Jerry Jones changed TV landscape for NFL

On Saturday, Dallas Cowboys owner and general manager Jerry Jones will be under consideration for selection to the Pro Football Hall of Fame. From an outsider when he bought the Cowboys in 1989 to one of the most influential owners in all of sports, Jones has had plenty of memorable moments. Throughout the week we will highlight some of the top moments of the Jones era.


With its network partners saying they were losing money on the NFL, Cleveland Browns owner Art Modell, chairman of the NFL television committee at the time, advocated for teams to give back $308 million in revenue in exchange for a two-year extension of the television contracts.

Jerry Jones fought the idea. Only three years earlier Jones put a record $140 million into buying the Cowboys. He was not about to give money back, despite what the old-guard owners wanted to do.

"We think there will be an economic uptick down the road," Jones said at an owners' meeting in 1992. "It's way too early to make a decision on the contract. The NFL holds up well in recession times."

"I Love Lucy" played a role in Jones' decision. As an investor in Little Rock's KARK, an NBC affiliate, he saw his station pay more for the "Lucy" reruns even if it lost money because it helped bring viewers to other programming that increased the overall profits.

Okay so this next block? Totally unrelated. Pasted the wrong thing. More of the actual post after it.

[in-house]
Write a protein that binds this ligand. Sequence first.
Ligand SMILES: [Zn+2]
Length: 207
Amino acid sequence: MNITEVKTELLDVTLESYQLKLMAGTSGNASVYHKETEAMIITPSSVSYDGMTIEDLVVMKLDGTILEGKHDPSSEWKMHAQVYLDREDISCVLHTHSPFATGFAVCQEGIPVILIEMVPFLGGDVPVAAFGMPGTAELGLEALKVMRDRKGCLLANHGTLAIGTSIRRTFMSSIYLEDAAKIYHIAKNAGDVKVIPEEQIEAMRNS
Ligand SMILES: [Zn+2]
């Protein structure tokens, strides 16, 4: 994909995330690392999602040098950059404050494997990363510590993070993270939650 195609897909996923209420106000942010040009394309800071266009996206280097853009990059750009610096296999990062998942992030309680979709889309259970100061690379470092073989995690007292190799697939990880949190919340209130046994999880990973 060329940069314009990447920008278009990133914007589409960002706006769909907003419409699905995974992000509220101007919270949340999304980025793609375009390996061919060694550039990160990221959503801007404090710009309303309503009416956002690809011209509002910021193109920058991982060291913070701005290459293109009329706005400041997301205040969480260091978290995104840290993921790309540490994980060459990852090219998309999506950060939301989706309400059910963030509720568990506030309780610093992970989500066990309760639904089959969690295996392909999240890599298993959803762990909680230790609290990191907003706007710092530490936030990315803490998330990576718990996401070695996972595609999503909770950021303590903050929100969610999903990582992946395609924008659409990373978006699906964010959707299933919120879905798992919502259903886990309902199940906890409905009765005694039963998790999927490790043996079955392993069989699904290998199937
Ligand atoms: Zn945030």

Eventually the owners agreed to a $1 million reduction per team with no extension, but that set the stage for Jones to become one of the league’s heavy hitters, which will surely be part of his candidacy this weekend.

Then-commissioner Paul Tagliabue invited Jones into the contract talks with the television networks, and the NFL found a fledgling network looking to add to its cache. In December 1993, Fox wanted in on football and outbid CBS by more than $100 million a season and the league’s television contract reached $1.1 billion.

The move was risky with CBS holding a relationship with the NFL that dated to the 1950s. It was also Fox’s first big-time sports programming. In 1998, CBS took the AFC games away from NBC, paying $500 million for eight seasons.

Jones was certainly correct on that uptick.

In 2016, the NFL’s television deals reportedly topped $7 billion.

"I’d put it in the top four or five things I’ve ever gotten involved in, because of the importance of revenues in business," Jones told the Dallas Morning News. "And you do know the importance of revenues."